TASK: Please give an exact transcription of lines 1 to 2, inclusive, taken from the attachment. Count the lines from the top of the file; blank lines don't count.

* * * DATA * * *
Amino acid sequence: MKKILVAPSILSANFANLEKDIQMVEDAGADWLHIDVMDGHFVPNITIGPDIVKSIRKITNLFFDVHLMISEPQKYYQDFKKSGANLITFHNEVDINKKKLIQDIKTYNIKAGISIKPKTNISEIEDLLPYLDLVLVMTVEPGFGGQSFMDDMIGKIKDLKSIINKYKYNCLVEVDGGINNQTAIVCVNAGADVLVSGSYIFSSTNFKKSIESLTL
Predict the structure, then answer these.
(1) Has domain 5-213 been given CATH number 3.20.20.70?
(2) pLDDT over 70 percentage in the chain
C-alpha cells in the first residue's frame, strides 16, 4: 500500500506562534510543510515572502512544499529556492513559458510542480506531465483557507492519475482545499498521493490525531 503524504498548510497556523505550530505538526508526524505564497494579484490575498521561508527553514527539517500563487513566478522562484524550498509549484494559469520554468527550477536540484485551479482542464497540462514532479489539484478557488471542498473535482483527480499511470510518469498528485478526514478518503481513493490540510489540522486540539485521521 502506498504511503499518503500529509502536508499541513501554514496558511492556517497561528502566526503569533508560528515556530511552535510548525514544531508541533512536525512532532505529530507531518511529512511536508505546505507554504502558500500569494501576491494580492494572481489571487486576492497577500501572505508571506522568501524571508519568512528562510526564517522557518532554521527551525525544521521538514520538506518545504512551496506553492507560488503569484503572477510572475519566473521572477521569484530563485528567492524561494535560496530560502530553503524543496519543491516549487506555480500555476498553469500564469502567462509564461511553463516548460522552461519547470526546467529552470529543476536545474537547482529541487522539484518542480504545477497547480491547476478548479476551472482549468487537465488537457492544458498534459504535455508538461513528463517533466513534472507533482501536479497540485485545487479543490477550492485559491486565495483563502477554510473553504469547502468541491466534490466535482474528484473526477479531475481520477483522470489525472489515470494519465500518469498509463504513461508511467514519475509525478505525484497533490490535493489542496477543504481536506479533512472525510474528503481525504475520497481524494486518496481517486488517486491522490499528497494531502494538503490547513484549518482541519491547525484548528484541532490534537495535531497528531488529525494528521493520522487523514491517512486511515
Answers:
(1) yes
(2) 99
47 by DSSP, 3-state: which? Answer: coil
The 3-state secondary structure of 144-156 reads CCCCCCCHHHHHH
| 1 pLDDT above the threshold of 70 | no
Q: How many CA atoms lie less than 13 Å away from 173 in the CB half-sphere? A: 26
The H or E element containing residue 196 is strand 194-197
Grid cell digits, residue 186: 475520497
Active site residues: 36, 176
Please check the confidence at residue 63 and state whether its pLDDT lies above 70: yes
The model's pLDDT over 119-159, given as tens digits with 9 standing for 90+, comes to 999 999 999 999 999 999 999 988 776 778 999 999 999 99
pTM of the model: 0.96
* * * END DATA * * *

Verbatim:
Amino acid sequence: MKKILVAPSILSANFANLEKDIQMVEDAGADWLHIDVMDGHFVPNITIGPDIVKSIRKITNLFFDVHLMISEPQKYYQDFKKSGANLITFHNEVDINKKKLIQDIKTYNIKAGISIKPKTNISEIEDLLPYLDLVLVMTVEPGFGGQSFMDDMIGKIKDLKSIINKYKYNCLVEVDGGINNQTAIVCVNAGADVLVSGSYIFSSTNFKKSIESLTL
Predict the structure, then answer these.